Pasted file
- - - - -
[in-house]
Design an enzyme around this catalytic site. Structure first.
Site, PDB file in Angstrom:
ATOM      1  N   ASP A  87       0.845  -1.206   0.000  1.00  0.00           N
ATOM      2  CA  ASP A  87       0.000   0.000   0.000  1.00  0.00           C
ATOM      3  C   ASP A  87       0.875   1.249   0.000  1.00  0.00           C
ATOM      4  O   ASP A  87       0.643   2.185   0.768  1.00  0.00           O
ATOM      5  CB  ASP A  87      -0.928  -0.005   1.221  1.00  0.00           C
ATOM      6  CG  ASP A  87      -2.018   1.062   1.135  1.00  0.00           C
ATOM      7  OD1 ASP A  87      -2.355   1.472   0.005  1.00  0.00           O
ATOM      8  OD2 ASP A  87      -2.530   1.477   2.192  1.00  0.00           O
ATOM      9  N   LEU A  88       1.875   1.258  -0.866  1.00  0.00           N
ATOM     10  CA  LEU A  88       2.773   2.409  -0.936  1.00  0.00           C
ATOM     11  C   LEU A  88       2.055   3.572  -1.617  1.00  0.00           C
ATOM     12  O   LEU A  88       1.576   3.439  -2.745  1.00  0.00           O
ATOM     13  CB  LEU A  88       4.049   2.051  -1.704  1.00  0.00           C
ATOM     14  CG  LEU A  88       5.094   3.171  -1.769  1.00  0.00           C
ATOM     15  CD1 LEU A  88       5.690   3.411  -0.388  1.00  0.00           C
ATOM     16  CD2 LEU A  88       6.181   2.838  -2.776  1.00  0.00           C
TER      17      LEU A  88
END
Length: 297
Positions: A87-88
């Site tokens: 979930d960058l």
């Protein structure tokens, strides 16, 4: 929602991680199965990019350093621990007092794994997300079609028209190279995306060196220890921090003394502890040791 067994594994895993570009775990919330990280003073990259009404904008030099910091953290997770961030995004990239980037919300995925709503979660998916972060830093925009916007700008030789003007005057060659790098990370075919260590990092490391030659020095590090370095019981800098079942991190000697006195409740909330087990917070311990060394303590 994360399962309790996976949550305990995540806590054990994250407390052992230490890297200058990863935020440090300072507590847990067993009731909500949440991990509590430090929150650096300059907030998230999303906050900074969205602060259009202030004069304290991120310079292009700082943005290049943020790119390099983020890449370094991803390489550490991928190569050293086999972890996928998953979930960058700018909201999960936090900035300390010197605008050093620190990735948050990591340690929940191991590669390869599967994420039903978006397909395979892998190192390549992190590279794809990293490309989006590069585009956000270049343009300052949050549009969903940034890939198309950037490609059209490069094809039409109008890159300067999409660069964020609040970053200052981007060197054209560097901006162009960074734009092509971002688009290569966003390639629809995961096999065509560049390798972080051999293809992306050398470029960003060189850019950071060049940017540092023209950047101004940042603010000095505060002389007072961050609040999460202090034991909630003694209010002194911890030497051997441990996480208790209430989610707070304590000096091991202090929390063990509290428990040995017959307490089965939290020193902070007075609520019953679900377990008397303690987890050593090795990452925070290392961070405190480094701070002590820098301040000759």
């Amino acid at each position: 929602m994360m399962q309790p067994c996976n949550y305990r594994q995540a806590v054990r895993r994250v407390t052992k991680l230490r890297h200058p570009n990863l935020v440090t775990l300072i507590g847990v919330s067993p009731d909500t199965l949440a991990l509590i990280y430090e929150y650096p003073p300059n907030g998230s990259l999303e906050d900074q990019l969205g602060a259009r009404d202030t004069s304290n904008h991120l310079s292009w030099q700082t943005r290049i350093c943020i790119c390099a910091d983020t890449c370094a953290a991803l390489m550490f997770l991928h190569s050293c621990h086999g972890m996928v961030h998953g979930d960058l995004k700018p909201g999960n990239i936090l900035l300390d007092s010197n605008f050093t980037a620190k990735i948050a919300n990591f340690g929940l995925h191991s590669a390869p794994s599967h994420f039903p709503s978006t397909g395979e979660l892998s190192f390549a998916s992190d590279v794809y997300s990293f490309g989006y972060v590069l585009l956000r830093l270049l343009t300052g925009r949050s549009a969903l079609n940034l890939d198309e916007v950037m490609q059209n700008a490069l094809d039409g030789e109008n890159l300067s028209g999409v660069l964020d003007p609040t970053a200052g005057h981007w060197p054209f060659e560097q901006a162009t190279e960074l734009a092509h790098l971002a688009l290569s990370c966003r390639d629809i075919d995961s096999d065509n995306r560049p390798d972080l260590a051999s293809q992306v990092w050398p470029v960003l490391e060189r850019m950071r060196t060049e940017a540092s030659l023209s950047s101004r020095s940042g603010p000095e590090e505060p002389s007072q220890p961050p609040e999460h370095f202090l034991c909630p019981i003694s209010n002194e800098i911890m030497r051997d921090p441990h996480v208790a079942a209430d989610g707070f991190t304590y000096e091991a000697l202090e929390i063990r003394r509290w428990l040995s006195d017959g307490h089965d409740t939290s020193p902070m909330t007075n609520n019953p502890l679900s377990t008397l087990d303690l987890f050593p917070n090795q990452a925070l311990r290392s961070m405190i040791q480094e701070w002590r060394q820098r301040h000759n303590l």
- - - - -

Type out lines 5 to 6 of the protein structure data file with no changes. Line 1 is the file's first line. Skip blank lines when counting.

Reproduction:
ATOM      2  CA  ASP A  87       0.000   0.000   0.000  1.00  0.00           C
ATOM      3  C   ASP A  87       0.875   1.249   0.000  1.00  0.00           C